I hopped over from the Pillow Party and was wandering around your blog when this caught my eye! We don't do Santa either. My kids are 4.5 and 2 now. I just didn't want to lie, and I remember how it affected me when I found out my parents had been making it all up and telling me it was true. It doesn't bother all kids, most are fine with Santa and such, but it really bothered me, and I just can't do it with my children. So we've just told family we're not doing it, and left it at that. This year I did talk to my 4.5yo about not telling other kids that Santa isn't real. If other parents want to play Santa, that is their right and their business. But he asked me, "but mommy, why do other parents want to lie to their children?" And I knew I'd made the right decision for our family. Just do what is right for yours, whatever you decide it is. We don't really do Christmas presents (though grandparents do, but they're far enough away to send them, and we don't give them to them on Christmas Eve or Day, so it's not so associated)...though this year we let them pick out a World Vision gift, which meant giving ducks or water to children in another part of the world, and then they also received a little stuffed animal and a water bottle to remind them of the gift they'd given. We do presents through the year and at birthdays instead of making them the big deal at Christmas. You have the power to change family traditions if you so choose.

thepracticalperfeccionista said...

I hopped over from the Pillow Party and was wandering around your blog when this caught my eye! We don't do Santa either. My kids are 4.5 and 2 now. I just didn't want to lie, and I remember how it affected me when I found out my parents had been making it all up and telling me it was true. It doesn't bother all kids, most are fine with Santa and such, but it really bothered me, and I just can't do it with my children. So we've just told family we're not doing it, and left it at that. This year I did talk to my 4.5yo about not telling other kids that Santa isn't real. If other parents want to play Santa, that is their right and their business. But he asked me, "but mommy, why do other parents want to lie to their children?" And I knew I'd made the right decision for our family. Just do what is right for yours, whatever you decide it is. We don't really do Christmas presents (though grandparents do, but they're far enough away to send them, and we don't give them to them on Christmas Eve or Day, so it's not so associated)...though this year we let them pick out a World Vision gift, which meant giving ducks or water to children in another part of the world, and then they also received a little stuffed animal and a water bottle to remind them of the gift they'd given. We do presents through the year and at birthdays instead of making them the big deal at Christmas. You have the power to change family traditions if you so choose.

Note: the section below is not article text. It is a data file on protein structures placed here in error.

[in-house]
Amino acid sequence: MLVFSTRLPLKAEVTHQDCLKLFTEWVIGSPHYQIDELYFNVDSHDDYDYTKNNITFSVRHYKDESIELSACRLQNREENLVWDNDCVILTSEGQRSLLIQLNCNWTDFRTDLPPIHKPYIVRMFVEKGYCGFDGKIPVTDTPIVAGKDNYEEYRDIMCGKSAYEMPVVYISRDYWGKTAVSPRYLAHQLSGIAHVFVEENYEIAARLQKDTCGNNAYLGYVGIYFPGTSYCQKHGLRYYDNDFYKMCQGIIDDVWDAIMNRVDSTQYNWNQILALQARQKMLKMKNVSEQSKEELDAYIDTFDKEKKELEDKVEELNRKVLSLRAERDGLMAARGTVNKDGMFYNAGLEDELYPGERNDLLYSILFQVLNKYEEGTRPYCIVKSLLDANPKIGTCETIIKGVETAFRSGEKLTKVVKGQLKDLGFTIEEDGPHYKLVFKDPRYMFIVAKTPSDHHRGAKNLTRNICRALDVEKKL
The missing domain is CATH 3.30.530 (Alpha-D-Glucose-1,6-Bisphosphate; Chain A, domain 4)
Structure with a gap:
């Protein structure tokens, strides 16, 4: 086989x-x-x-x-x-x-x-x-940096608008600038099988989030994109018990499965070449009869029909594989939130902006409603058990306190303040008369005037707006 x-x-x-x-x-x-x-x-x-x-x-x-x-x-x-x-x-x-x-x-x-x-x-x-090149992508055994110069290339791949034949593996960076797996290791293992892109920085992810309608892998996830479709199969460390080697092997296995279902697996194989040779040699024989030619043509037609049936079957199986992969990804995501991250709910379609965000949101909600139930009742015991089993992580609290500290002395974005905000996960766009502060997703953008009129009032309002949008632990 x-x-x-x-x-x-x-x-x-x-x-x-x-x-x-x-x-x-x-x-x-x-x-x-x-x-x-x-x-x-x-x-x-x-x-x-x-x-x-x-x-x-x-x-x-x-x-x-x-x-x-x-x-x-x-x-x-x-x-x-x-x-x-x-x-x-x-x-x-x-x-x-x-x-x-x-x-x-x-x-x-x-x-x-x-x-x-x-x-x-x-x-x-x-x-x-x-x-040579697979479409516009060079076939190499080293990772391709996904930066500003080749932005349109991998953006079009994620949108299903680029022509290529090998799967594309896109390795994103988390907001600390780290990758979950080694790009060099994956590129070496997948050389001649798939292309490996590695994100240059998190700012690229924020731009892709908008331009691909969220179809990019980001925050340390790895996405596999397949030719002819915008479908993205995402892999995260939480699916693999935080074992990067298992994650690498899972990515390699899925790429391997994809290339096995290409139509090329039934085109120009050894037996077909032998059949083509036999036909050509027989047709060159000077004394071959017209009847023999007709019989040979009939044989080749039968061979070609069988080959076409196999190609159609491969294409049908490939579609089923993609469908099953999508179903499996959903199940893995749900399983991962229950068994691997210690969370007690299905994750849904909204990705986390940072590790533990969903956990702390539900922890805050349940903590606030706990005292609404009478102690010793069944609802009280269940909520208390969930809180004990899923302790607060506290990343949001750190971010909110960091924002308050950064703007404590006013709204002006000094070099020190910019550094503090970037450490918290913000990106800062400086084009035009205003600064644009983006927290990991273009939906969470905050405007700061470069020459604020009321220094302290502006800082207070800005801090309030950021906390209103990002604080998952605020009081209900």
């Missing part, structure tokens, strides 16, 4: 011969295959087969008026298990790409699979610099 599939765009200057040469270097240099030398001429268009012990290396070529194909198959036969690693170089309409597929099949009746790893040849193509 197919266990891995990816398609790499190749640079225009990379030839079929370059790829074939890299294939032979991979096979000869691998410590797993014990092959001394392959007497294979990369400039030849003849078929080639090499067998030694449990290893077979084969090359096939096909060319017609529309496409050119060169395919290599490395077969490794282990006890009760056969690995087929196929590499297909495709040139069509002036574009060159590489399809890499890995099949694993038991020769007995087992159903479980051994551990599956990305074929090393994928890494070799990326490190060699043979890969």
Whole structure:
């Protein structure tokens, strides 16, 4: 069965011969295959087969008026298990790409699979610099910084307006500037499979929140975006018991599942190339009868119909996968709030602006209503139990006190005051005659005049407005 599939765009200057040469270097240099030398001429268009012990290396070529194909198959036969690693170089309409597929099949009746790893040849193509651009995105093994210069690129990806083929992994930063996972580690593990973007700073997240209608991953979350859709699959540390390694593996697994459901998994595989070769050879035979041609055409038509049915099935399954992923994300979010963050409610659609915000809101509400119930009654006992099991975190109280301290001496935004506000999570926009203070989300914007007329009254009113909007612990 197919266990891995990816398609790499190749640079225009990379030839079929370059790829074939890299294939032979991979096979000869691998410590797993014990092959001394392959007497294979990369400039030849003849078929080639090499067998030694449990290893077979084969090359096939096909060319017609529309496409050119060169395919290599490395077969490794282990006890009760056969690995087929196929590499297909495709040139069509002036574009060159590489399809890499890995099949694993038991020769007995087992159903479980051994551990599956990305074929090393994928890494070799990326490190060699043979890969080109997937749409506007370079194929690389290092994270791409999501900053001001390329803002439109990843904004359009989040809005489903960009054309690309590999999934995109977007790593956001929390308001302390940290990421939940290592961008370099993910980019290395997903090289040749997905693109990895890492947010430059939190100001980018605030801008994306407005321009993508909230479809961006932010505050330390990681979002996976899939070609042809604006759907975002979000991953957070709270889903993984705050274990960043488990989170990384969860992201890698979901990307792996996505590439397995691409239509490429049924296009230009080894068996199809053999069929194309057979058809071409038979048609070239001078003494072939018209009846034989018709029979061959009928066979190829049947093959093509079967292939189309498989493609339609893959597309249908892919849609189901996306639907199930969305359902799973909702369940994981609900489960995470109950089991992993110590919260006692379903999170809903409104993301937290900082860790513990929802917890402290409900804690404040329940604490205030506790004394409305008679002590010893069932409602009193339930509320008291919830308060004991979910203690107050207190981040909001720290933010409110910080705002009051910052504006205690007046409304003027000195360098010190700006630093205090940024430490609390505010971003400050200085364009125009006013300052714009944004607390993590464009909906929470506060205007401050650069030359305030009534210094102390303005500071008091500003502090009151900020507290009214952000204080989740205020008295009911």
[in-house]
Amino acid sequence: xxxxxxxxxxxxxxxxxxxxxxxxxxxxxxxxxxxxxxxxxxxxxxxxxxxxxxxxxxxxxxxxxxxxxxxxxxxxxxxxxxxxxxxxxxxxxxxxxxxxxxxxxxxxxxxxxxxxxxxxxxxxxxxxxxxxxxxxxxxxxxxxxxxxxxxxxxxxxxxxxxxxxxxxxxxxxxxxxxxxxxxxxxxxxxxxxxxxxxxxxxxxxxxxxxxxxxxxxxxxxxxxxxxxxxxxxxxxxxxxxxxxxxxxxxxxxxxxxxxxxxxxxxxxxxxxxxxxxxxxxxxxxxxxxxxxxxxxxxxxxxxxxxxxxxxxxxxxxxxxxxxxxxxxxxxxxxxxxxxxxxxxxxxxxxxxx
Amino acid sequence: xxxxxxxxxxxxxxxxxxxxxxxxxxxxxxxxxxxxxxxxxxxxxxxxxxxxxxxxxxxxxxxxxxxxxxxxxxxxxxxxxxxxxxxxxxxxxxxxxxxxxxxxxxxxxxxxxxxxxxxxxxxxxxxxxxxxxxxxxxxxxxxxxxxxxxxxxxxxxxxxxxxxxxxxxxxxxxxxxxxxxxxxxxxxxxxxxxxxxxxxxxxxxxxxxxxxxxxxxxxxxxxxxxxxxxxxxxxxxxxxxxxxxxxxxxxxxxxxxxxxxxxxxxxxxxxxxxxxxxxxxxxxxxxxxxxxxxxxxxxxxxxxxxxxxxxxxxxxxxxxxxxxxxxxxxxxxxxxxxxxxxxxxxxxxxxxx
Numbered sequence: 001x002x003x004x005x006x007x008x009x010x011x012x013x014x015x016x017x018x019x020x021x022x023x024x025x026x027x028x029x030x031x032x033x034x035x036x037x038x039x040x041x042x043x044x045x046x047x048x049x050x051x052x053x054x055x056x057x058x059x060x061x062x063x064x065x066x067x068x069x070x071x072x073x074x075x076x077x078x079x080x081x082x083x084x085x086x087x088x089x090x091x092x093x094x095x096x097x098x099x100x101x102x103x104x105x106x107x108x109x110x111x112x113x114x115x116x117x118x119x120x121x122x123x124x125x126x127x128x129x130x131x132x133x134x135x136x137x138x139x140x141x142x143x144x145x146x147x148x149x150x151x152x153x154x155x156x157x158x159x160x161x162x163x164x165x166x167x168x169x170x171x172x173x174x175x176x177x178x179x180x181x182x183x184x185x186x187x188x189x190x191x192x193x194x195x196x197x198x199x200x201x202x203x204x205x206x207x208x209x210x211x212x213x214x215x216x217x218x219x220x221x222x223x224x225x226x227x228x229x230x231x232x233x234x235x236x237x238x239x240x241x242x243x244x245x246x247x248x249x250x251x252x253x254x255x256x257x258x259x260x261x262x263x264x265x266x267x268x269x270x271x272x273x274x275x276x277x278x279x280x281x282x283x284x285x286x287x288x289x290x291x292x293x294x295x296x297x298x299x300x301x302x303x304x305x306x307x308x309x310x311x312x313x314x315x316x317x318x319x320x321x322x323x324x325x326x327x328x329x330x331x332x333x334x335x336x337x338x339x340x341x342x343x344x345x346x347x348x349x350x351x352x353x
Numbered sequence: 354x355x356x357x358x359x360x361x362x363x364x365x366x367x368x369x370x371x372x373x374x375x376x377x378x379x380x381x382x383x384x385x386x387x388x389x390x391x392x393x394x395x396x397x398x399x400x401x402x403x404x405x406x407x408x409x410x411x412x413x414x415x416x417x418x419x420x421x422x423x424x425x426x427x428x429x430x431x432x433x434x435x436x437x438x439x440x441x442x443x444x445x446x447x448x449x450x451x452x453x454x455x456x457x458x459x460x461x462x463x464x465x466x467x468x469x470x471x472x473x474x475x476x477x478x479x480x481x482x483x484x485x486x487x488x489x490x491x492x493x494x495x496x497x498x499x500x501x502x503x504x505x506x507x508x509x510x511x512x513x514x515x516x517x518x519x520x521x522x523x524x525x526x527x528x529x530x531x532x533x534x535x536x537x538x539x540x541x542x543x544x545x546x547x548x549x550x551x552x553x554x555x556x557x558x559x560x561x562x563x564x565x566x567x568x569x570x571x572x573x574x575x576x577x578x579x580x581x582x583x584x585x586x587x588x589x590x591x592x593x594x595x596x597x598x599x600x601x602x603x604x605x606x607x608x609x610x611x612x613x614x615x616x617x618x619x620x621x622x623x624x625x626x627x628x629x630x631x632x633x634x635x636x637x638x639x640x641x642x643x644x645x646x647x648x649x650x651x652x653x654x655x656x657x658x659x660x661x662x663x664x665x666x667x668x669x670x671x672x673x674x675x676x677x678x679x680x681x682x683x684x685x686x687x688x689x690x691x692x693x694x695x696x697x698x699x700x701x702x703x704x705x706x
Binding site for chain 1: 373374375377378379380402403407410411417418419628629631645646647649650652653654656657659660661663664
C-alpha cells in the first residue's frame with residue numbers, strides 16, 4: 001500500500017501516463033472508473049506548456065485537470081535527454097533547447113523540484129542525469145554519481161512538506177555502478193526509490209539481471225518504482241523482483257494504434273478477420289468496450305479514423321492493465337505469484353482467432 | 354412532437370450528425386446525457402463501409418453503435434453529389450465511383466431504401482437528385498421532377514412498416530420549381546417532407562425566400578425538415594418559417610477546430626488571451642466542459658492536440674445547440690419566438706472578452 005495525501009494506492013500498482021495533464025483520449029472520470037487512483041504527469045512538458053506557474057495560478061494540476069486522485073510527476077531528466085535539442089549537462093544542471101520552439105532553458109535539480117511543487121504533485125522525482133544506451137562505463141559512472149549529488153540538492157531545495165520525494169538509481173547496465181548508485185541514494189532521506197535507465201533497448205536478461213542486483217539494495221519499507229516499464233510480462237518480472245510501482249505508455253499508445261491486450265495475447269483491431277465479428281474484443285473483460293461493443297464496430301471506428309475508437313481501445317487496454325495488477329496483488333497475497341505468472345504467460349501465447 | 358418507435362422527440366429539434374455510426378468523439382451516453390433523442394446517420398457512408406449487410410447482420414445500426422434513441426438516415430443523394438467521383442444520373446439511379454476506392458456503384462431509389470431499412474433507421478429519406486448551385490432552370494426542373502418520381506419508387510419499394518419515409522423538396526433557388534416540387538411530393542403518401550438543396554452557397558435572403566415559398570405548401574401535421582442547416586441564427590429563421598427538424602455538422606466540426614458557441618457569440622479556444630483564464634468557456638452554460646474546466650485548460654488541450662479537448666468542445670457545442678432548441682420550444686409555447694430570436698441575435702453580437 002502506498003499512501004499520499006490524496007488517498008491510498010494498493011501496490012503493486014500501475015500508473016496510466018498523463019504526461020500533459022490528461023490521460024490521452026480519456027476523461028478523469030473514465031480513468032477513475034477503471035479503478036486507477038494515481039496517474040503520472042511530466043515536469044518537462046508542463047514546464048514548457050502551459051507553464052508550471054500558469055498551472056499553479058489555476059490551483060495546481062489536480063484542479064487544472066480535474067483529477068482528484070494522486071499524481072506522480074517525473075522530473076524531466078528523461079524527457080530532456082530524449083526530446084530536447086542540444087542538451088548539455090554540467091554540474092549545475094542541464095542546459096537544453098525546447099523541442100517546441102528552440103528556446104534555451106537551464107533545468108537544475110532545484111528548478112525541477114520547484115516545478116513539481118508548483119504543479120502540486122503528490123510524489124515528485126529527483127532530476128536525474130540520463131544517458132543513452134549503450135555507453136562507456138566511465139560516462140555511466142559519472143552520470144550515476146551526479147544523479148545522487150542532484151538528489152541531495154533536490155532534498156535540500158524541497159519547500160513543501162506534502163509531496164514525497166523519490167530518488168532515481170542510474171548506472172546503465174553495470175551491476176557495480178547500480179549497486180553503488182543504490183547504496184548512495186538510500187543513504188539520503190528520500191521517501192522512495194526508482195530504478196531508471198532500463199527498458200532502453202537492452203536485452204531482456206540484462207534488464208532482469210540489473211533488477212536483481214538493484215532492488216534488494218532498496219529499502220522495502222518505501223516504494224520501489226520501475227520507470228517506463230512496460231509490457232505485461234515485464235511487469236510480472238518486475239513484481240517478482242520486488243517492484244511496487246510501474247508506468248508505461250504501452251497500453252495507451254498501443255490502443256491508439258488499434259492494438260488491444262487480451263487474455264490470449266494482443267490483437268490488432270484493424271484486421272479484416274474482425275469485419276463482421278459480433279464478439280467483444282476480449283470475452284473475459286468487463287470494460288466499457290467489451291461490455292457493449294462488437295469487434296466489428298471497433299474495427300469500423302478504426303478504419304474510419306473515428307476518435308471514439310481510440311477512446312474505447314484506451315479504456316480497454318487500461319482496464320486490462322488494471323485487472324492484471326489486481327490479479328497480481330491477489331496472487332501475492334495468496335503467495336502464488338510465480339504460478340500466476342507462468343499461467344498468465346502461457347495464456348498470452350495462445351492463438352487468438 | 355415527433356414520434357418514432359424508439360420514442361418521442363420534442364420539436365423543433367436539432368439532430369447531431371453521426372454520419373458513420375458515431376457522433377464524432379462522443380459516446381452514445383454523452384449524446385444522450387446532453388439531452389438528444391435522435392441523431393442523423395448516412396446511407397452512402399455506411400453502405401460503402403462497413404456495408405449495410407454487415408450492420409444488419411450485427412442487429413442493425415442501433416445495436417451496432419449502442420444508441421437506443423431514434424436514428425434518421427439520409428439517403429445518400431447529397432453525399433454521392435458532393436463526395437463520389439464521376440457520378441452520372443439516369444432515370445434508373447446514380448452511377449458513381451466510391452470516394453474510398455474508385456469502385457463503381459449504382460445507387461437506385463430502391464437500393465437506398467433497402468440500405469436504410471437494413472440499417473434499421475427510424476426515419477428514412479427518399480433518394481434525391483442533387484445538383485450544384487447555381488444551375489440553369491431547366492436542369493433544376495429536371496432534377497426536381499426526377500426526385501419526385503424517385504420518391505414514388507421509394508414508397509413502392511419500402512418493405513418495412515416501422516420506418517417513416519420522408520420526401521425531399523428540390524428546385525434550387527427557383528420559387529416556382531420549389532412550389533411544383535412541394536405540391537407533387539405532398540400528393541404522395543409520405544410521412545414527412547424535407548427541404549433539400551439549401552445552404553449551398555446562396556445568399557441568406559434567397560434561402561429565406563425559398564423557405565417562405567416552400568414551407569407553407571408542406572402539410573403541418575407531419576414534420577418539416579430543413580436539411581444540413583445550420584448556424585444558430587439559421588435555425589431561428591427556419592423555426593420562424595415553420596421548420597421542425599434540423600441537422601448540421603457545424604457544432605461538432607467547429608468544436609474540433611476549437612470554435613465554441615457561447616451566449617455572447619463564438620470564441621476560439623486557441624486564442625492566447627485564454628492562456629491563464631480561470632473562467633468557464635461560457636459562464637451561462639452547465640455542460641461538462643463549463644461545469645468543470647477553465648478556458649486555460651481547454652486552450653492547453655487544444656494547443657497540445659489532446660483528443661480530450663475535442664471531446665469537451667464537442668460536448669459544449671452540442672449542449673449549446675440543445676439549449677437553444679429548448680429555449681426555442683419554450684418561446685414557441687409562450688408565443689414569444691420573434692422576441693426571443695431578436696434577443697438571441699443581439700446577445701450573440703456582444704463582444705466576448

Send flowers to Patna said...

I hopped over from the Pillow Party and was wandering around your blog when this caught my eye! We don't do Santa either. My kids are 4.5 and 2 now. I just didn't want to lie, and I remember how it affected me when I found out my parents had been making it all up and telling me it was true. It doesn't bother all kids, most are fine with Santa and such, but it really bothered me, and I just can't do it with my children. So we've just told family we're not doing it, and left it at that. This year I did talk to my 4.5yo about not telling other kids that Santa isn't real.